So Ludwig's thoughts about honour were private thoughts, and he sought wisdom from an Athena who was not Gracie, and certainly not the problematic idea of his native land. Who after all was America? A freedom fighter, a slut, a demon, a Daughter of the Revolution? What now was he to her or she to him; and what was this speck of anguish which floated constantly before him? He would fix his eyes instead upon the grey-eyed one, the sure one. This henceforth must be the religion of his solitude.
-Iris Murdoch (An Accidental Man)
It's been a strange week. Last week it was so nice to return home, to see my family, to know that I had escaped from the grind for a solid three weeks. And, for the most part, it really has been idyllic. After I finished grading, I settled into a quiet routine of making nice breakfasts, walking the dogs with the Greek in the sprawling backyard of my mother's new residence in the afternoons and then reading/working/relaxing in the evenings. But there have been clouds--both figurative and literal--hanging over my time here.
As much as I've been going about my daily business, I've been feeling a host of emotions--sad, numb, angry, helpless--about Connecticut. Whenever the news comes on, there's another funeral being featured, more cute pictures of dimpled children and talk of Christmas gifts that will remain unopened, accounts of teachers who did what they believed was right despite the high price they had to pay. It's hard to watch because it was all so unnecessary. These are simple words, but one doesn't need fancy language to talk about needless murders or semi-automatic weapons.
The responses to the event, too, are troubling.The President made a hopeful and long overdue speech today about potential gun legislation and, for the most part, all the reporters wanted to ask about was the fiscal cliff. Only two journalists (props to USA Today, which demonstrated fine journalistic chops today) asked hard questions about both the potential NRA response and about "where the President has been for the past four years." Perhaps the latter wasn't an entirely respectful question, but maybe the simple truth is that we all need to ask ourselves where we've been, and when will we decide that the the craziness has to stop.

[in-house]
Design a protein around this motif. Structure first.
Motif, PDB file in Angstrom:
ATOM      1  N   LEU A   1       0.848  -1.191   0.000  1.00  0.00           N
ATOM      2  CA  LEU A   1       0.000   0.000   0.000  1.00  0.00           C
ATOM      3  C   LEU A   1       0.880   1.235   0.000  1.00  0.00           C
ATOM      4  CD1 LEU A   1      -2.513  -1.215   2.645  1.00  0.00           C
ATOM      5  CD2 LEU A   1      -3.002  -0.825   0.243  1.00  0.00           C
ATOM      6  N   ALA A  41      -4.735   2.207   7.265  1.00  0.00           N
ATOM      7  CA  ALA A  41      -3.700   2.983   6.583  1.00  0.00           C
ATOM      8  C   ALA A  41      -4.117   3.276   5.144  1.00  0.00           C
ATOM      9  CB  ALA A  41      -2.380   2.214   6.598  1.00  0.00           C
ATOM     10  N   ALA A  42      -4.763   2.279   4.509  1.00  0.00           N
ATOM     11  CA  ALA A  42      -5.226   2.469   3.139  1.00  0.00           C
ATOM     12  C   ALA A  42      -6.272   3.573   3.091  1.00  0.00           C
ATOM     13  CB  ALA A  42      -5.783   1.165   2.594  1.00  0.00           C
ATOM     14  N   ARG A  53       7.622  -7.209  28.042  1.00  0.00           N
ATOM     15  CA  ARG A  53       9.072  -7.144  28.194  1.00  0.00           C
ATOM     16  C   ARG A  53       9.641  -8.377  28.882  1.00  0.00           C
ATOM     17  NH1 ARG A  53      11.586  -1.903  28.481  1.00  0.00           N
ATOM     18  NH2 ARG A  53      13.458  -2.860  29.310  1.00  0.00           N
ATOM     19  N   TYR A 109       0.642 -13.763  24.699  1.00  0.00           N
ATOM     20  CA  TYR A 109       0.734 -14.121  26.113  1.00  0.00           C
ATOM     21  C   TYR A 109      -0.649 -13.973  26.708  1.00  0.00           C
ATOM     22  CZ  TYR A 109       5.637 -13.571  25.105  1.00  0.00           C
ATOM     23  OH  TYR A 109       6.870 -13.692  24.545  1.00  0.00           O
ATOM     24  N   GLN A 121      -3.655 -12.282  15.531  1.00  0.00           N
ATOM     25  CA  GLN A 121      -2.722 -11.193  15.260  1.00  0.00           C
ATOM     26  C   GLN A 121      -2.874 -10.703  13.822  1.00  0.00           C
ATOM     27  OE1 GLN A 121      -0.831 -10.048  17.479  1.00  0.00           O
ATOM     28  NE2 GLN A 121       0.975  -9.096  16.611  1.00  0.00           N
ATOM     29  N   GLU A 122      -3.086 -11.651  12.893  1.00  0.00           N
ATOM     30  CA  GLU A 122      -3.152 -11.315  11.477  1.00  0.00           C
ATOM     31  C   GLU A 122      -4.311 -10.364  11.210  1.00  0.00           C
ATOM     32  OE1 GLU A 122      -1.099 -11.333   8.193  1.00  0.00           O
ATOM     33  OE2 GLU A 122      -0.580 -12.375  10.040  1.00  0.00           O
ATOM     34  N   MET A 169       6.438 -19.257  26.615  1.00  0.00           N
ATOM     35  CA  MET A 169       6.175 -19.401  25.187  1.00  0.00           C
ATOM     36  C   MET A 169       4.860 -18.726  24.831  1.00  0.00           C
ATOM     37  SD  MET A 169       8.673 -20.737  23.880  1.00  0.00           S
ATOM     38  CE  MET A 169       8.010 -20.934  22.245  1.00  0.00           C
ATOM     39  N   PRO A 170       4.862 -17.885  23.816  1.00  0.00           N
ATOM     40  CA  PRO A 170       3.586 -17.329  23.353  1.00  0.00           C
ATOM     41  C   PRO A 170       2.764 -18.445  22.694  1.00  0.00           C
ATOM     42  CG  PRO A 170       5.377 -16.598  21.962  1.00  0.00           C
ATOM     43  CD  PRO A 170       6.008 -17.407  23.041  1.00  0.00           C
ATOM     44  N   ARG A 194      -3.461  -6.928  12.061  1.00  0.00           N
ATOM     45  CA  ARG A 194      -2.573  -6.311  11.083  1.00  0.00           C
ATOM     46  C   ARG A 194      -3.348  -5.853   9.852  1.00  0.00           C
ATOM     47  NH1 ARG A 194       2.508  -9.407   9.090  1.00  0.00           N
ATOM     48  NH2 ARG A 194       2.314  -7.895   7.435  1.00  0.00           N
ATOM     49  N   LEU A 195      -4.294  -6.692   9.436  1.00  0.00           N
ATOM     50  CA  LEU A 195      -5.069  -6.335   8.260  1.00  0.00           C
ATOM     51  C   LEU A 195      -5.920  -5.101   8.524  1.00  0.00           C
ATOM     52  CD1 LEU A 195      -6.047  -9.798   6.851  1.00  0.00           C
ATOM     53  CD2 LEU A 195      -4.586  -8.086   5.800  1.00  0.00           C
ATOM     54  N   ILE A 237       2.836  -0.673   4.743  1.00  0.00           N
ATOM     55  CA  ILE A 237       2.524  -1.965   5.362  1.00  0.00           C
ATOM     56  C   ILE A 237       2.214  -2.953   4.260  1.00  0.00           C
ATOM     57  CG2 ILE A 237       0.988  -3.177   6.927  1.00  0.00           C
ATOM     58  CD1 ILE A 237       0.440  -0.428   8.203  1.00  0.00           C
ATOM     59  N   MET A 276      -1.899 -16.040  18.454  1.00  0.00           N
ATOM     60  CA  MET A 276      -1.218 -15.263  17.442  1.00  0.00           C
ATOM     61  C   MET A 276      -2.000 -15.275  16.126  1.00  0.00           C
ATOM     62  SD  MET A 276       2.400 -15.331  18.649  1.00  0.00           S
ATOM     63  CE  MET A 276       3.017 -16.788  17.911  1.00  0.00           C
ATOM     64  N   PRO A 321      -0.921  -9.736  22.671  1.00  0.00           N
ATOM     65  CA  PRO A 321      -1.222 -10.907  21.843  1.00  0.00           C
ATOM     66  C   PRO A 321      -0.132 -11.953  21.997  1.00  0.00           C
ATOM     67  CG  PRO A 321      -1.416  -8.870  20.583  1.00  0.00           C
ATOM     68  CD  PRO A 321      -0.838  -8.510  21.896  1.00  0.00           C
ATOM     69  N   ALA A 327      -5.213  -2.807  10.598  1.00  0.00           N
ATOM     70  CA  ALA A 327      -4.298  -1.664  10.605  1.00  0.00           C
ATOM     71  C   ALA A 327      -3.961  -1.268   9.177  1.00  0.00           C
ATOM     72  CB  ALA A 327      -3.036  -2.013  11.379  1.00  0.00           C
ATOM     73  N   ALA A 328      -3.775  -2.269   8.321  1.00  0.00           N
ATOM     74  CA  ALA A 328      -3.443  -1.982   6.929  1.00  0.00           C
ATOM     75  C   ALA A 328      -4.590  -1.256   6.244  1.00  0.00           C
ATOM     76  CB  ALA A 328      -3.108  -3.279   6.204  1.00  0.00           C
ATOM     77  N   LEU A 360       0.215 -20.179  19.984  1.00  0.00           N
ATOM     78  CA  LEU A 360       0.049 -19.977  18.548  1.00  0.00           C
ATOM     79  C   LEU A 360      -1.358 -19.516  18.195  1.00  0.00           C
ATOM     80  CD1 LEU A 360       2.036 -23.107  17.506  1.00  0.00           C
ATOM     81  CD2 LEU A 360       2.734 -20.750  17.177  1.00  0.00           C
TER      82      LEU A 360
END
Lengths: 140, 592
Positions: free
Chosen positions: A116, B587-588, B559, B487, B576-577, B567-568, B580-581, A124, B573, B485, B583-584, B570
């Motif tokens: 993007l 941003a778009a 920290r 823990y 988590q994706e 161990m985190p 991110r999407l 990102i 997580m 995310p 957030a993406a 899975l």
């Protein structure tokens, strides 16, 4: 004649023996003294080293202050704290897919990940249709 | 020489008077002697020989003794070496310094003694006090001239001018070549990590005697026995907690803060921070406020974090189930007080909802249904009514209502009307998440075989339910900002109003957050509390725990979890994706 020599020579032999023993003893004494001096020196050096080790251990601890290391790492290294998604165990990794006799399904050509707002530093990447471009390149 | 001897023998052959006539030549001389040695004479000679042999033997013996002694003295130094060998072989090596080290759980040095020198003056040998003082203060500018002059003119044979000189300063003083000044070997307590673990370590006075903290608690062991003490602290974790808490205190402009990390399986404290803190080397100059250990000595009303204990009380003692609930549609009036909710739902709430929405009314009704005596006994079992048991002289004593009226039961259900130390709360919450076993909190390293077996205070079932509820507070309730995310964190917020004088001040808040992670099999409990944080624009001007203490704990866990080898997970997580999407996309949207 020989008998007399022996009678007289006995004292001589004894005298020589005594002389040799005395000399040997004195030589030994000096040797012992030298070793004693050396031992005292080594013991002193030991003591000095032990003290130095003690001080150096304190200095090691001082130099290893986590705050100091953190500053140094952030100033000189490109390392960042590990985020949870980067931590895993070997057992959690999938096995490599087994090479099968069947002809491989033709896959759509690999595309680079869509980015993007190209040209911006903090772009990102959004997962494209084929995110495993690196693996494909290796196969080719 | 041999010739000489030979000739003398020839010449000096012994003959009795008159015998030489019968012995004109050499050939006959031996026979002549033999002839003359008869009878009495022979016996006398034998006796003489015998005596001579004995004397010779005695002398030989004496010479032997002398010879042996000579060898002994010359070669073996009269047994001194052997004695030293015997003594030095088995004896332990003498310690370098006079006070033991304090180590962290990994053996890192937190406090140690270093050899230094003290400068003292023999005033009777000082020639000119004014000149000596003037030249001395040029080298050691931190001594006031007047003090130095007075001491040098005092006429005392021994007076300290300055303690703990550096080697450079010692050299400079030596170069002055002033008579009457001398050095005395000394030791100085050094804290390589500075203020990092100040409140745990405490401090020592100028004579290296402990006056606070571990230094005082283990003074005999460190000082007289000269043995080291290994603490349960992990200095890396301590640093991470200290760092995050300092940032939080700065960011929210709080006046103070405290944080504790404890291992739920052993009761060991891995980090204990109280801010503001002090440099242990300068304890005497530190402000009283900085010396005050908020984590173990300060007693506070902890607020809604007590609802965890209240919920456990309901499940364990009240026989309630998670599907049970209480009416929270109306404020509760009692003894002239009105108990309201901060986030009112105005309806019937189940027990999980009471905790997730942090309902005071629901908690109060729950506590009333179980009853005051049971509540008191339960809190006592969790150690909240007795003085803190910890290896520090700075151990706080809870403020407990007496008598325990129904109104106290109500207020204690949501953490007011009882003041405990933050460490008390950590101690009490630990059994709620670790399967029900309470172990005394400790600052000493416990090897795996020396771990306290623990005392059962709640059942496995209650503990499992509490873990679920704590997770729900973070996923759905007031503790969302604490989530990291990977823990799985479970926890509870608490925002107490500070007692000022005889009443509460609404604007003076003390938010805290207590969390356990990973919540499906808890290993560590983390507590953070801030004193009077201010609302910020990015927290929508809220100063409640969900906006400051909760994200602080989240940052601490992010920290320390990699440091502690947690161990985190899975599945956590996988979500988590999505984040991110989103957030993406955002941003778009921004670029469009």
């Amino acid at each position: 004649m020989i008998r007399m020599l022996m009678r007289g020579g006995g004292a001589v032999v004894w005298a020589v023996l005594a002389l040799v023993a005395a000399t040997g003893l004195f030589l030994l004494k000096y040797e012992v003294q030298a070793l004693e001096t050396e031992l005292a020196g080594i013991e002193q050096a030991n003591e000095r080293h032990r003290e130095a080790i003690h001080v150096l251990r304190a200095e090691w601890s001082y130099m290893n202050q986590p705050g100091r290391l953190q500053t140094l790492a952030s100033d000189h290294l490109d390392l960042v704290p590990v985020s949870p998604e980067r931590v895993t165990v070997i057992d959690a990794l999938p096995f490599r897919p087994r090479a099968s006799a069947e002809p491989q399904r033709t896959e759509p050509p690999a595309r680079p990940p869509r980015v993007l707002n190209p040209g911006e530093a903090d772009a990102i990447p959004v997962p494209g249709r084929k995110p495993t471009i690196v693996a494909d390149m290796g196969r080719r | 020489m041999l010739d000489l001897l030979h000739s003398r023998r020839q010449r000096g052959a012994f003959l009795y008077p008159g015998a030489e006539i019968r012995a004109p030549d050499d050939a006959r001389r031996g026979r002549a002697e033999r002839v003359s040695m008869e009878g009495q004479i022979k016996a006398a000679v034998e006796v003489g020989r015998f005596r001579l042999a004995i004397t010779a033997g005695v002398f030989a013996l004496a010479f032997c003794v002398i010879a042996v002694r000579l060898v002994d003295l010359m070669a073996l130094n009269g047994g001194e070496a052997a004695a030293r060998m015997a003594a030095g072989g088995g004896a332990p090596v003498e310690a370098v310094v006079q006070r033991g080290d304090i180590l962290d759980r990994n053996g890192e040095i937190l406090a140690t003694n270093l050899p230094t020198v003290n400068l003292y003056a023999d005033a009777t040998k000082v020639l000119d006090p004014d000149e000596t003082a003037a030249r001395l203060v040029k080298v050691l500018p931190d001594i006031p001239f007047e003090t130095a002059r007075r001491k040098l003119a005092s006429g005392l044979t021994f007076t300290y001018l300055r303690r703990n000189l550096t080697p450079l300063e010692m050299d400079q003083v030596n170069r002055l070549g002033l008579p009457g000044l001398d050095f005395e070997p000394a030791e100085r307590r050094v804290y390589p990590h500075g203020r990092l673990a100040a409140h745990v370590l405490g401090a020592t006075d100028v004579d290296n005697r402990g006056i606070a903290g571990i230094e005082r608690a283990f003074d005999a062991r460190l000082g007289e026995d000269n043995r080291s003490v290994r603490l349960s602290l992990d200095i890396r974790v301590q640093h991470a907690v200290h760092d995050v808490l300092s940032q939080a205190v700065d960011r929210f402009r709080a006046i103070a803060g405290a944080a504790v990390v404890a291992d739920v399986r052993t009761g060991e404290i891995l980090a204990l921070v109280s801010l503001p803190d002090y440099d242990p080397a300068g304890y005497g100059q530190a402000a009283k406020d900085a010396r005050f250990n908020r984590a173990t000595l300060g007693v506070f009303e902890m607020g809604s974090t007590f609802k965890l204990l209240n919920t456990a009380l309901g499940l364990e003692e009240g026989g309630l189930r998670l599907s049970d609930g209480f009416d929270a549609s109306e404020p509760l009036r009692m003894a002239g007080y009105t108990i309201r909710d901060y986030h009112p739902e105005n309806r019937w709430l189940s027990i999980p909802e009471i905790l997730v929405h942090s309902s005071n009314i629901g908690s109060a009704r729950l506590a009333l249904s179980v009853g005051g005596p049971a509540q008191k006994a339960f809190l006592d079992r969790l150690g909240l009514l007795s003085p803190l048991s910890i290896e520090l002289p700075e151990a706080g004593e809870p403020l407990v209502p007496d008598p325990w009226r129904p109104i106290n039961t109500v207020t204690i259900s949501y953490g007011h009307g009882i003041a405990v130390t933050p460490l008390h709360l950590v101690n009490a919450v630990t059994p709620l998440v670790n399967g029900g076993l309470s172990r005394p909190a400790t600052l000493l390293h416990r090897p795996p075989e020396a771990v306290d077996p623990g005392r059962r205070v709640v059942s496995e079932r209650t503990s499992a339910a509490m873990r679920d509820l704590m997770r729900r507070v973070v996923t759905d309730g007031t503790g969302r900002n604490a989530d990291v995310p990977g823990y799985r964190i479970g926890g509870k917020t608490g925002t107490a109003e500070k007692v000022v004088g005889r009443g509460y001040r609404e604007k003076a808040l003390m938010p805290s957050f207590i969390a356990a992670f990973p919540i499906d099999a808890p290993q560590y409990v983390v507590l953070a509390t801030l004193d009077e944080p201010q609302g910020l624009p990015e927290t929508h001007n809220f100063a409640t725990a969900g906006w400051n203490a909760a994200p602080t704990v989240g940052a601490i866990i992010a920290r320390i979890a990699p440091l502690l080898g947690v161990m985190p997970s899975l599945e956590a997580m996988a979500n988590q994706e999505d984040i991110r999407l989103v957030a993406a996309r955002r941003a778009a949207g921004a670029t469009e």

At this point, I want to stress that this isn't a political blog. It's a space of reflection--about food, life, the world around me; no space is a vacuum and this blog is no exception. Certainly, I respect different opinions and even different interpretations of the Second Amendment (given my current career path, I understand that the written word is subject to a wide range of interpretations), but that doesn't preclude my voicing my personal belief that the average civilian doesn't need to own a semi-automatic weapon.
When I was reading Iris Murdoch a few nights ago--a novel I've been nursing since New Orleans--one of the main character's thoughts about America during the Vietnam War jumped out at me. Truth be told, I just don't know what kind of a country we live in anymore--what kind of a country we, the so-called and much-touted wonderful, exceptional and industrious American people, want to live in anymore? For me, America, at least this holiday season, has become a Murdochian "speck of anguish." The world hasn't made much sense this week. Something shifted; it makes you want to hug your loved ones a little tighter and to savor the fleeting seemingly perfect moments. In a way, events like those from the past week make you realize how carefully constructed our world is, how we live under an illusion of safety. There's no reason, however, that this illusion can't become a reality. And, personally, I'm hopeful that the ghosts of this Christmas soon-to-be-past will bring us one step closer to this reality in 2013.